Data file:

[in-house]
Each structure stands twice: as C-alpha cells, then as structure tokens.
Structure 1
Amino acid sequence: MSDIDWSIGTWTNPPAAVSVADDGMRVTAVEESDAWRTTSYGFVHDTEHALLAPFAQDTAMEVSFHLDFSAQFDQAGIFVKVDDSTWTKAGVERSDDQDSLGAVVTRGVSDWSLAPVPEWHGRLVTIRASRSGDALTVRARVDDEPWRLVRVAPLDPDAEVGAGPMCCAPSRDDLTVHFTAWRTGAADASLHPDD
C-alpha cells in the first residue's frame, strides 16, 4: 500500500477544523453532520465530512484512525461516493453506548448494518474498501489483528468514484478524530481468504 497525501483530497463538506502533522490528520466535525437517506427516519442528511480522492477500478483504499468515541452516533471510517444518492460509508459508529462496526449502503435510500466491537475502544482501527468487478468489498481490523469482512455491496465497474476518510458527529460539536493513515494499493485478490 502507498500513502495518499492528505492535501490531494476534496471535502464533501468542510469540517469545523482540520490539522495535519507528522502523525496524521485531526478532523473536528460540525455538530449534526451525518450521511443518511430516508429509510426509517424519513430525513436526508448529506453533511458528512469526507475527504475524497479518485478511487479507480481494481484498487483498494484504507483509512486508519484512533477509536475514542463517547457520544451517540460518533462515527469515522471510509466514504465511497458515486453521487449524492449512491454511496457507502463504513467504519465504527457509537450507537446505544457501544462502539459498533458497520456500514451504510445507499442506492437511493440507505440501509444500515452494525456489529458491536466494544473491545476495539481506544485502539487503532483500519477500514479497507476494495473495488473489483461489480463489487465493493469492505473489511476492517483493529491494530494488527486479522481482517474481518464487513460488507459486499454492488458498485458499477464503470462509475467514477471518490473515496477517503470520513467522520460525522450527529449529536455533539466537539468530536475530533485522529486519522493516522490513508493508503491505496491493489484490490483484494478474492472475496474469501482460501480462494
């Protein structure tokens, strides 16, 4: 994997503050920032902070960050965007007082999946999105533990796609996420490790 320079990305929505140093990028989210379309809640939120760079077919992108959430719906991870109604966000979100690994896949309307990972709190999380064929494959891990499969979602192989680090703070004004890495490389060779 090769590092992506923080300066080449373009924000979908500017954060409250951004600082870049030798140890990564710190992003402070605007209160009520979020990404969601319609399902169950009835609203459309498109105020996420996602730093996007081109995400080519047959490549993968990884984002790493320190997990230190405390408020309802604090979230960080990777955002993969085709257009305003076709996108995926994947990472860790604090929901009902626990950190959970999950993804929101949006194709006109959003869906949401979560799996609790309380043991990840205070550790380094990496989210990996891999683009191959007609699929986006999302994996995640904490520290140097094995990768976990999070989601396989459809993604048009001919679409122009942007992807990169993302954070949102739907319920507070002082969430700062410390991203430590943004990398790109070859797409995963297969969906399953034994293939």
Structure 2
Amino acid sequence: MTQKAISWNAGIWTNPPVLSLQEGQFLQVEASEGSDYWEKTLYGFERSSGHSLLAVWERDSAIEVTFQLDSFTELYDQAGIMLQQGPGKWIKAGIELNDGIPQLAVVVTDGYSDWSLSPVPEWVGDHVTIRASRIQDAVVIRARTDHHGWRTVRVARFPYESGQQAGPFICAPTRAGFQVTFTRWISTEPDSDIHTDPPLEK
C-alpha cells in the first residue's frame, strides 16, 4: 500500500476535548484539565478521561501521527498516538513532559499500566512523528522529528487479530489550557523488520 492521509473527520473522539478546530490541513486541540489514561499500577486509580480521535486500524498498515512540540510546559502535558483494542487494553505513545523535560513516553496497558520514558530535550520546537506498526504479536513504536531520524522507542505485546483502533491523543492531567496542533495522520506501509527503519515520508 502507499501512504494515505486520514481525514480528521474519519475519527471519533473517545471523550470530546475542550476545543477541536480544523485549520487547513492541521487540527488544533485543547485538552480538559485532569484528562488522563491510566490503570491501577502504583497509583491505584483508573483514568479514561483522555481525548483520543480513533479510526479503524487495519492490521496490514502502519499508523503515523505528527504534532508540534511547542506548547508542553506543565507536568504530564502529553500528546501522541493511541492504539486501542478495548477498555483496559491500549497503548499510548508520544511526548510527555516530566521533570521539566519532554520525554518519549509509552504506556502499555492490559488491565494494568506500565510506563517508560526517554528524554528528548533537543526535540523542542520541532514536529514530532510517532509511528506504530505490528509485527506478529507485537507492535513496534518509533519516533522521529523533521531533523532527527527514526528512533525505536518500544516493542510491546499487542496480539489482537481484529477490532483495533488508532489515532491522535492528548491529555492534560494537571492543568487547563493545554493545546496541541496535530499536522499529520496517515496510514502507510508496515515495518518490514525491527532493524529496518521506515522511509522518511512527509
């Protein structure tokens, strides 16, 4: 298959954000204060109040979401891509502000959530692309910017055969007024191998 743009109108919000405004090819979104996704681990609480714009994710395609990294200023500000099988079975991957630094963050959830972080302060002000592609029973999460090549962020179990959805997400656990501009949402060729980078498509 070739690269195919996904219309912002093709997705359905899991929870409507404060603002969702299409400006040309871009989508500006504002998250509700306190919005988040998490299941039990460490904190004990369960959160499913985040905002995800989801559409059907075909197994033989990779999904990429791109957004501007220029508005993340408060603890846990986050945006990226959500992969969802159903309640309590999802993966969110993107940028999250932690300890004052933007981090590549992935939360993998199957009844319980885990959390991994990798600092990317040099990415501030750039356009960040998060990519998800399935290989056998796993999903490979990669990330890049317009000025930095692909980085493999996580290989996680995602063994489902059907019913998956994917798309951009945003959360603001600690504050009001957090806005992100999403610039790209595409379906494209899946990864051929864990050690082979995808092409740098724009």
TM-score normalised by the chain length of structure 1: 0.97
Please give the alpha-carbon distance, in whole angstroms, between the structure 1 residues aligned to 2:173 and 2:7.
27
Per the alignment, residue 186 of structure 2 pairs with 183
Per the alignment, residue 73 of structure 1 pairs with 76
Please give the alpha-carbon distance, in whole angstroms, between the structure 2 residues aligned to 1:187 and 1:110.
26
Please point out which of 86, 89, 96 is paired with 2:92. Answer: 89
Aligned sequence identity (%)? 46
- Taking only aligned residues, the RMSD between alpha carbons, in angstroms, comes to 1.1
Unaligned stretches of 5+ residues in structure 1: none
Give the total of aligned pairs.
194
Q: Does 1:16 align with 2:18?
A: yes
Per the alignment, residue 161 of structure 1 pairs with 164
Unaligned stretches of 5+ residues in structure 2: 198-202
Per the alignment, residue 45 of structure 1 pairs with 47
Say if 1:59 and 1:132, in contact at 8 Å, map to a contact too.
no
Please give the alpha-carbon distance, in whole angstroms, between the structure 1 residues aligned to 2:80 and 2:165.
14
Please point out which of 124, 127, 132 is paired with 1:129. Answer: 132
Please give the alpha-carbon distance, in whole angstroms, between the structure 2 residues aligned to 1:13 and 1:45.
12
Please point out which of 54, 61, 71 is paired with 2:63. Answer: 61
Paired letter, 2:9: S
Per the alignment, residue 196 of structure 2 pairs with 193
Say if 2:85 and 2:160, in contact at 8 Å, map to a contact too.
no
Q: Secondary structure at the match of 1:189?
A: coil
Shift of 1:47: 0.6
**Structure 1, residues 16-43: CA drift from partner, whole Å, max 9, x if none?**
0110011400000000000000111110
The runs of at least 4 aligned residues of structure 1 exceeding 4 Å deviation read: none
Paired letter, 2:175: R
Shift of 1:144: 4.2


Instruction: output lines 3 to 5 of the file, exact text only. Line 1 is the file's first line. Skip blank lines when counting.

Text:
Structure 1
Amino acid sequence: MSDIDWSIGTWTNPPAAVSVADDGMRVTAVEESDAWRTTSYGFVHDTEHALLAPFAQDTAMEVSFHLDFSAQFDQAGIFVKVDDSTWTKAGVERSDDQDSLGAVVTRGVSDWSLAPVPEWHGRLVTIRASRSGDALTVRARVDDEPWRLVRVAPLDPDAEVGAGPMCCAPSRDDLTVHFTAWRTGAADASLHPDD
C-alpha cells in the first residue's frame, strides 16, 4: 500500500477544523453532520465530512484512525461516493453506548448494518474498501489483528468514484478524530481468504 497525501483530497463538506502533522490528520466535525437517506427516519442528511480522492477500478483504499468515541452516533471510517444518492460509508459508529462496526449502503435510500466491537475502544482501527468487478468489498481490523469482512455491496465497474476518510458527529460539536493513515494499493485478490 502507498500513502495518499492528505492535501490531494476534496471535502464533501468542510469540517469545523482540520490539522495535519507528522502523525496524521485531526478532523473536528460540525455538530449534526451525518450521511443518511430516508429509510426509517424519513430525513436526508448529506453533511458528512469526507475527504475524497479518485478511487479507480481494481484498487483498494484504507483509512486508519484512533477509536475514542463517547457520544451517540460518533462515527469515522471510509466514504465511497458515486453521487449524492449512491454511496457507502463504513467504519465504527457509537450507537446505544457501544462502539459498533458497520456500514451504510445507499442506492437511493440507505440501509444500515452494525456489529458491536466494544473491545476495539481506544485502539487503532483500519477500514479497507476494495473495488473489483461489480463489487465493493469492505473489511476492517483493529491494530494488527486479522481482517474481518464487513460488507459486499454492488458498485458499477464503470462509475467514477471518490473515496477517503470520513467522520460525522450527529449529536455533539466537539468530536475530533485522529486519522493516522490513508493508503491505496491493489484490490483484494478474492472475496474469501482460501480462494